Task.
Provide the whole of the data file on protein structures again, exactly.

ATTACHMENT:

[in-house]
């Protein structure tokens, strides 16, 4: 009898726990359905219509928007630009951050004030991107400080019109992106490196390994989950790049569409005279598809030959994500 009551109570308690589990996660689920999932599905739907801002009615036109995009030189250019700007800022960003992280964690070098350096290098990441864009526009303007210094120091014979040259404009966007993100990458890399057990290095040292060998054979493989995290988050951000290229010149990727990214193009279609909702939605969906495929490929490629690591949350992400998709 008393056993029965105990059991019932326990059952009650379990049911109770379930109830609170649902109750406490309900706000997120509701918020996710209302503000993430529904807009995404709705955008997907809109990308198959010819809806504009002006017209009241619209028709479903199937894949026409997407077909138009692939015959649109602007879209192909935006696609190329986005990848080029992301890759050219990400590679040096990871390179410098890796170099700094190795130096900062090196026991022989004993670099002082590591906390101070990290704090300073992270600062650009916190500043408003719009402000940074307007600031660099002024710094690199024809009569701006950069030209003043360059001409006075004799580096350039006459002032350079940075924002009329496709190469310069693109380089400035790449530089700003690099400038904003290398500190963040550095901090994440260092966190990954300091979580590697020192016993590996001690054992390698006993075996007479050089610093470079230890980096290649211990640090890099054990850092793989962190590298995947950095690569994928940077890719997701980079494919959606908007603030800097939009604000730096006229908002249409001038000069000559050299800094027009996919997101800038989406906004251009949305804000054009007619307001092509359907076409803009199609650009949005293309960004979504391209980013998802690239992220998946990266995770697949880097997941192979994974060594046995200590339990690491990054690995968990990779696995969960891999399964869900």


[in-house]
């Protein structure tokens, strides 16, 4: 009898726990359905219509928007630009951050004030991107400080019109992106490196390994989950790049569409005279598809030959994500 009551109570308690589990996660689920999932599905739907801002009615036109995009030189250019700007800022960003992280964690070098350096290098990441864009526009303007210094120091014979040259404009966007993100990458890399057990290095040292060998054979493989995290988050951000290229010149990727990214193009279609909702939605969906495929490929490629690591949350992400998709 008393056993029965105990059991019932326990059952009650379990049911109770379930109830609170649902109750406490309900706000997120509701918020996710209302503000993430529904807009995404709705955008997907809109990308198959010819809806504009002006017209009241619209028709479903199937894949026409997407077909138009692939015959649109602007879209192909935006696609190329986005990848080029992301890759050219990400590679040096990871390179410098890796170099700094190795130096900062090196026991022989004993670099002082590591906390101070990290704090300073992270600062650009916190500043408003719009402000940074307007600031660099002024710094690199024809009569701006950069030209003043360059001409006075004799580096350039006459002032350079940075924002009329496709190469310069693109380089400035790449530089700003690099400038904003290398500190963040550095901090994440260092966190990954300091979580590697020192016993590996001690054992390698006993075996007479050089610093470079230890980096290649211990640090890099054990850092793989962190590298995947950095690569994928940077890719997701980079494919959606908007603030800097939009604000730096006229908002249409001038000069000559050299800094027009996919997101800038989406906004251009949305804000054009007619307001092509359907076409803009199609650009949005293309960004979504391209980013998802690239992220998946990266995770697949880097997941192979994974060594046995200590339990690491990054690995968990990779696995969960891999399964869900």